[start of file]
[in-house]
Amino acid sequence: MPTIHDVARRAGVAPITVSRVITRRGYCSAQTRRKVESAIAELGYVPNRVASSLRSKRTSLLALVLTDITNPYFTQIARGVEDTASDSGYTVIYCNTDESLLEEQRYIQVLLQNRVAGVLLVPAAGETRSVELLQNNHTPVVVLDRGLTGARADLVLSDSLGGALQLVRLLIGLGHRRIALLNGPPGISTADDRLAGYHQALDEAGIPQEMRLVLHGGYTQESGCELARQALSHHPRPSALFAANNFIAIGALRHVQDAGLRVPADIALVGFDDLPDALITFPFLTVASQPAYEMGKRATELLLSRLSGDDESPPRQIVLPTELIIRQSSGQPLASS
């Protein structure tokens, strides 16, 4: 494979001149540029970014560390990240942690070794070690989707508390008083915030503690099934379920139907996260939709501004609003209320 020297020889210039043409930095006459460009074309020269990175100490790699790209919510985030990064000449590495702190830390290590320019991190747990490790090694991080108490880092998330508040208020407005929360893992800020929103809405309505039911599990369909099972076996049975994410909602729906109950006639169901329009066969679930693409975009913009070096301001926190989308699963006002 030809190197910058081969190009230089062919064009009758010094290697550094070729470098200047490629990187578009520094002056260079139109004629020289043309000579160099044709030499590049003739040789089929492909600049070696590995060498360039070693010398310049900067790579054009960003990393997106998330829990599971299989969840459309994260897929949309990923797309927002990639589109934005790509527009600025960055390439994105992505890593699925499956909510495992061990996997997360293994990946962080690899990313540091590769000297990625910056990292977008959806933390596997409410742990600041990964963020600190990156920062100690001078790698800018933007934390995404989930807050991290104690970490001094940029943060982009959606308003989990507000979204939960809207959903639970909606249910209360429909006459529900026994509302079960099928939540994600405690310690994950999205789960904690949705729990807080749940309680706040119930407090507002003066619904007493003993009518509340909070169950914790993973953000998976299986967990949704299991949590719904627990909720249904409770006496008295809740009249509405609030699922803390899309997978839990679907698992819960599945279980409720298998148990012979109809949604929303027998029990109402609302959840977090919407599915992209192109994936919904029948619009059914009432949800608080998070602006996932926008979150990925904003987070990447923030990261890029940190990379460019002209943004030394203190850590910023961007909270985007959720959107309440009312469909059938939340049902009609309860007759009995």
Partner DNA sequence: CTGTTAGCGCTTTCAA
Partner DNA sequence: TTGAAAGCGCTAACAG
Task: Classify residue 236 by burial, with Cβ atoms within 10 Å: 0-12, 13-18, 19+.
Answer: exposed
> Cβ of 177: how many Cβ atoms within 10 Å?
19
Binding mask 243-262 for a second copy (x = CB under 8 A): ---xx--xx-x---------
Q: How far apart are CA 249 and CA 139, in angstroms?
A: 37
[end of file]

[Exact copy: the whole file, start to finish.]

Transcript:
[in-house]
Amino acid sequence: MPTIHDVARRAGVAPITVSRVITRRGYCSAQTRRKVESAIAELGYVPNRVASSLRSKRTSLLALVLTDITNPYFTQIARGVEDTASDSGYTVIYCNTDESLLEEQRYIQVLLQNRVAGVLLVPAAGETRSVELLQNNHTPVVVLDRGLTGARADLVLSDSLGGALQLVRLLIGLGHRRIALLNGPPGISTADDRLAGYHQALDEAGIPQEMRLVLHGGYTQESGCELARQALSHHPRPSALFAANNFIAIGALRHVQDAGLRVPADIALVGFDDLPDALITFPFLTVASQPAYEMGKRATELLLSRLSGDDESPPRQIVLPTELIIRQSSGQPLASS
């Protein structure tokens, strides 16, 4: 494979001149540029970014560390990240942690070794070690989707508390008083915030503690099934379920139907996260939709501004609003209320 020297020889210039043409930095006459460009074309020269990175100490790699790209919510985030990064000449590495702190830390290590320019991190747990490790090694991080108490880092998330508040208020407005929360893992800020929103809405309505039911599990369909099972076996049975994410909602729906109950006639169901329009066969679930693409975009913009070096301001926190989308699963006002 030809190197910058081969190009230089062919064009009758010094290697550094070729470098200047490629990187578009520094002056260079139109004629020289043309000579160099044709030499590049003739040789089929492909600049070696590995060498360039070693010398310049900067790579054009960003990393997106998330829990599971299989969840459309994260897929949309990923797309927002990639589109934005790509527009600025960055390439994105992505890593699925499956909510495992061990996997997360293994990946962080690899990313540091590769000297990625910056990292977008959806933390596997409410742990600041990964963020600190990156920062100690001078790698800018933007934390995404989930807050991290104690970490001094940029943060982009959606308003989990507000979204939960809207959903639970909606249910209360429909006459529900026994509302079960099928939540994600405690310690994950999205789960904690949705729990807080749940309680706040119930407090507002003066619904007493003993009518509340909070169950914790993973953000998976299986967990949704299991949590719904627990909720249904409770006496008295809740009249509405609030699922803390899309997978839990679907698992819960599945279980409720298998148990012979109809949604929303027998029990109402609302959840977090919407599915992209192109994936919904029948619009059914009432949800608080998070602006996932926008979150990925904003987070990447923030990261890029940190990379460019002209943004030394203190850590910023961007909270985007959720959107309440009312469909059938939340049902009609309860007759009995």
Partner DNA sequence: CTGTTAGCGCTTTCAA
Partner DNA sequence: TTGAAAGCGCTAACAG
Task: Classify residue 236 by burial, with Cβ atoms within 10 Å: 0-12, 13-18, 19+.
Answer: exposed
> Cβ of 177: how many Cβ atoms within 10 Å?
19
Binding mask 243-262 for a second copy (x = CB under 8 A): ---xx--xx-x---------
Q: How far apart are CA 249 and CA 139, in angstroms?
A: 37